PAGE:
On Monday, March 16, Santa Cruz County in Northern California issued a shelter-in-place order due to the COVID-19 pandemic, requiring residents to stay home and limiting full business operations to companies deemed “essential,” like medical facilities and trash collectors. Ibis Cycles, one of a number of mountain-bike brands in Santa Cruz, announced publicly that it was closing due to the order. When employees went home that night, it was unclear when they’d return.
The next day, Ibis’s executives read the order more closely, homing in on a provision that allowed non-essential businesses to maintain basic operations if they met certain conditions. Basically, as long as anyone who could work remotely did so and the rest of the staff maintained social-distancing guidelines and proper hygiene, the company could continue operating. So on Thursday, March 19, Ibis reopened—with a stockpile of masks and gloves for its warehouse workers and measures in place to keep them apart. It was no accident that the company did not make a public declaration of its about-face. For one, employees focused initially on filling back orders, not promoting product launches and generating new sales. But there was also a squishy perception factor. “We just kept it on the down low,” Ibis president Tom Morgan said.
Which kind of says it all right now. A conscious, responsible mountain-bike brand is making and selling bikes, keeping its staff employed and at least some semblance of the economy in motion, going to great lengths to make sure its workers don’t spread the virus—all within the law. Yet its president doesn’t really want to broadcast that Ibis is open. And he’s not alone. Multiple companies contacted for this story opted not to comment on their level of operations, seemingly afraid to enter an arena where there are no right answers. Yet the same question lingers for every brand in cycling, especially since bike suppliers and shops are now deemed “essential.” Where does one draw the line between public health and economic stability—nay, economic survivability—without a precedent to go on?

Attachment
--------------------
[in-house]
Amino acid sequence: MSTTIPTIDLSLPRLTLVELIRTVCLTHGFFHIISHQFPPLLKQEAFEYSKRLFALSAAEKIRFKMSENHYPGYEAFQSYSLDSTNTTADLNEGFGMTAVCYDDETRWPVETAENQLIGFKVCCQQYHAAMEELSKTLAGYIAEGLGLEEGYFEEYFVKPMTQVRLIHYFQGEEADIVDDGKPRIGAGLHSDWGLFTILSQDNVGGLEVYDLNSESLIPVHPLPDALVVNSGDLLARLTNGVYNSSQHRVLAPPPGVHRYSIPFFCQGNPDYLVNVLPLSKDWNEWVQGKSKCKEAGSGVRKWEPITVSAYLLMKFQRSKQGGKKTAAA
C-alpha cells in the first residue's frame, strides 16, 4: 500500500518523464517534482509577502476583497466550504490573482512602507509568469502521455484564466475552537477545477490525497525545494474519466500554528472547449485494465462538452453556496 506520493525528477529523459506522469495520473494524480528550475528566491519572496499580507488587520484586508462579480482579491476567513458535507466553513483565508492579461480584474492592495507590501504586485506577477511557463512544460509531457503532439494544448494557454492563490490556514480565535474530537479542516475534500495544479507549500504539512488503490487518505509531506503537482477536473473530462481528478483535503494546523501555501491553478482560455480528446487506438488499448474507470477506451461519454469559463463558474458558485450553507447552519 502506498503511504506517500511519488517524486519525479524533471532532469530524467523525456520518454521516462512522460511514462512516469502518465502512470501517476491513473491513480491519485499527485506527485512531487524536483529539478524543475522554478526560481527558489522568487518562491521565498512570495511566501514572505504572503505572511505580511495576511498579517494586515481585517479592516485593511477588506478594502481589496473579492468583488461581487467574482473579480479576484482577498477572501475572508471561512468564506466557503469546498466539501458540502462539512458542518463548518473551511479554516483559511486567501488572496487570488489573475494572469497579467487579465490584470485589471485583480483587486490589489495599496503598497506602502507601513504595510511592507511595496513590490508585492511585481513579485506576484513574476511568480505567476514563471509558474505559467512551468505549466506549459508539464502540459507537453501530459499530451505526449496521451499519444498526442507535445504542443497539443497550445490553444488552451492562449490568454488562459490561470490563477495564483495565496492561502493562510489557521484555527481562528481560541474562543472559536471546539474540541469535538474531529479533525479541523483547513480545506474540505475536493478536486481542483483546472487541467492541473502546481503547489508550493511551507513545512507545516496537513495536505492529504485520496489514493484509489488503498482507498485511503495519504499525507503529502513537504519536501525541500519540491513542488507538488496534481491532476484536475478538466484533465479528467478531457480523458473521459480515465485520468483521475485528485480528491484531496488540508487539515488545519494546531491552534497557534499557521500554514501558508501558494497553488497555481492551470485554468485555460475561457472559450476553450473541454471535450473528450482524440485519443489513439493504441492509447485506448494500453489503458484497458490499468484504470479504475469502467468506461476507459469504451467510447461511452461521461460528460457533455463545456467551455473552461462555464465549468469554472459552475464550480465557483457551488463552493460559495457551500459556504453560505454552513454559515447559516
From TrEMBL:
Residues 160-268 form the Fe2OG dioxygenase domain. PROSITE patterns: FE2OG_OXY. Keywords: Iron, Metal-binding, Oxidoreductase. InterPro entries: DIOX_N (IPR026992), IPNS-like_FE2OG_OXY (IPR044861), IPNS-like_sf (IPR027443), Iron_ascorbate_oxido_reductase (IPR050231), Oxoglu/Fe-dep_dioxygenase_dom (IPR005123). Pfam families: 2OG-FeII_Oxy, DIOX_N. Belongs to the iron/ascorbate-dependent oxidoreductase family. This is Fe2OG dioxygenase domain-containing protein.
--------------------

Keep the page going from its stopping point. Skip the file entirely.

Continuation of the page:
Hope Technology didn’t waffle. The U.K.-based component manufacturer ceased production on March 27, for a minimum of three weeks. Co-founder Ian Weatherill and his brother Alan, the company’s sales and marketing manager and employee of 30 years, debated what to do. The local edict allowed them to keep operating, but employees were worried about the virus. “There’s a lot of interest still, there’s a lot of people who want to buy parts for their bikes,” Alan Weatherill said. “But do they really need disc brakes? Should we be putting our products into the distribution chain? Disc brakes are not essential, although we’d like to think they are.”
Hope Tech operates in a 12,000-person factory town called Barnoldswick, which includes the Rolls-Royce Aerospace factory. All factories are closed now. Hope’s 160 workers were prepared to take a 20-percent pay cut since they knew the government would cover at least 80 percent of their wages if they stopped working, but Hope covered the remaining 20 in good faith. “We have no venture-capital people, no borrowing and we own the building, so if we close, our losses aren’t as big as companies with shareholders or who have rent to pay,” Alan Weatherill said. “It’s still quite a significant hit, but we can weather it.”
Below Hope on the accessory totem pole are hundreds of smaller brands, making up the base of the industry’s pyramid, if you will. Grand Junction, Colorado-based Rocky Mounts, which was founded in 1995 and produces racks, locks and mounts, suspended its operations on March 24. All 14 employees are indefinitely furloughed, a.k.a. not getting paid.